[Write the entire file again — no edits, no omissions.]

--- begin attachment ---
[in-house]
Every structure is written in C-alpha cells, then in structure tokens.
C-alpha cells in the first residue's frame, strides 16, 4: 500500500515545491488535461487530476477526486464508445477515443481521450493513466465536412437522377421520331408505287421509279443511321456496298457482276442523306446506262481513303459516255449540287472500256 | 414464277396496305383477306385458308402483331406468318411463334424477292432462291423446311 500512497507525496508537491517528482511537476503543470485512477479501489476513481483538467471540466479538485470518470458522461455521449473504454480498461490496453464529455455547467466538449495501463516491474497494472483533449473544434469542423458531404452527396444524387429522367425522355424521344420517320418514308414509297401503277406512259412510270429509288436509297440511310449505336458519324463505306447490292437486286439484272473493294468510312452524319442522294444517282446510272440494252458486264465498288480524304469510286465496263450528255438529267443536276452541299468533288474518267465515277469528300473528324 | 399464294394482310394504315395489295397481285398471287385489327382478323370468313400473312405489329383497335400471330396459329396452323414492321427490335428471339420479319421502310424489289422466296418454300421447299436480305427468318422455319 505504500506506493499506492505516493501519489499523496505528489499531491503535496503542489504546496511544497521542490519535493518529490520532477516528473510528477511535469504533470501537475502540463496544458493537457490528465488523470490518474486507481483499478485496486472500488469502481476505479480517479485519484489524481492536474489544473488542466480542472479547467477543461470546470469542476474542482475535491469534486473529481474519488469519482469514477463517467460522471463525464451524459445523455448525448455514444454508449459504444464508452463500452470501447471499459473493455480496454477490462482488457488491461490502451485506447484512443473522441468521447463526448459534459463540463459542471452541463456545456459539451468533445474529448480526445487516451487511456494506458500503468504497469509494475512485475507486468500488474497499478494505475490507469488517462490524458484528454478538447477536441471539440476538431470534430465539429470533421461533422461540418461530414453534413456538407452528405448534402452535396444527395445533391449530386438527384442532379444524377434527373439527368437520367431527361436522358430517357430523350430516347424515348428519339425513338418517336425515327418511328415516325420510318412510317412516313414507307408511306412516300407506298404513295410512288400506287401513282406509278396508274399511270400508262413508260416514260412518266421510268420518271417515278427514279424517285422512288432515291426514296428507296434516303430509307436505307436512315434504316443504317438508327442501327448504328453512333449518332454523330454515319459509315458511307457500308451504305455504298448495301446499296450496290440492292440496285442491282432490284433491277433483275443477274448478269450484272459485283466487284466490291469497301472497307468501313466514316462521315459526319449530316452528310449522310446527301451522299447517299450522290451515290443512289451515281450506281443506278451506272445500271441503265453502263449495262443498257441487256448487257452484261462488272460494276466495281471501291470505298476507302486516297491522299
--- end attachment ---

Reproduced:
[in-house]
Every structure is written in C-alpha cells, then in structure tokens.
C-alpha cells in the first residue's frame, strides 16, 4: 500500500515545491488535461487530476477526486464508445477515443481521450493513466465536412437522377421520331408505287421509279443511321456496298457482276442523306446506262481513303459516255449540287472500256 | 414464277396496305383477306385458308402483331406468318411463334424477292432462291423446311 500512497507525496508537491517528482511537476503543470485512477479501489476513481483538467471540466479538485470518470458522461455521449473504454480498461490496453464529455455547467466538449495501463516491474497494472483533449473544434469542423458531404452527396444524387429522367425522355424521344420517320418514308414509297401503277406512259412510270429509288436509297440511310449505336458519324463505306447490292437486286439484272473493294468510312452524319442522294444517282446510272440494252458486264465498288480524304469510286465496263450528255438529267443536276452541299468533288474518267465515277469528300473528324 | 399464294394482310394504315395489295397481285398471287385489327382478323370468313400473312405489329383497335400471330396459329396452323414492321427490335428471339420479319421502310424489289422466296418454300421447299436480305427468318422455319 505504500506506493499506492505516493501519489499523496505528489499531491503535496503542489504546496511544497521542490519535493518529490520532477516528473510528477511535469504533470501537475502540463496544458493537457490528465488523470490518474486507481483499478485496486472500488469502481476505479480517479485519484489524481492536474489544473488542466480542472479547467477543461470546470469542476474542482475535491469534486473529481474519488469519482469514477463517467460522471463525464451524459445523455448525448455514444454508449459504444464508452463500452470501447471499459473493455480496454477490462482488457488491461490502451485506447484512443473522441468521447463526448459534459463540463459542471452541463456545456459539451468533445474529448480526445487516451487511456494506458500503468504497469509494475512485475507486468500488474497499478494505475490507469488517462490524458484528454478538447477536441471539440476538431470534430465539429470533421461533422461540418461530414453534413456538407452528405448534402452535396444527395445533391449530386438527384442532379444524377434527373439527368437520367431527361436522358430517357430523350430516347424515348428519339425513338418517336425515327418511328415516325420510318412510317412516313414507307408511306412516300407506298404513295410512288400506287401513282406509278396508274399511270400508262413508260416514260412518266421510268420518271417515278427514279424517285422512288432515291426514296428507296434516303430509307436505307436512315434504316443504317438508327442501327448504328453512333449518332454523330454515319459509315458511307457500308451504305455504298448495301446499296450496290440492292440496285442491282432490284433491277433483275443477274448478269450484272459485283466487284466490291469497301472497307468501313466514316462521315459526319449530316452528310449522310446527301451522299447517299450522290451515290443512289451515281450506281443506278451506272445500271441503265453502263449495262443498257441487256448487257452484261462488272460494276466495281471501291470505298476507302486516297491522299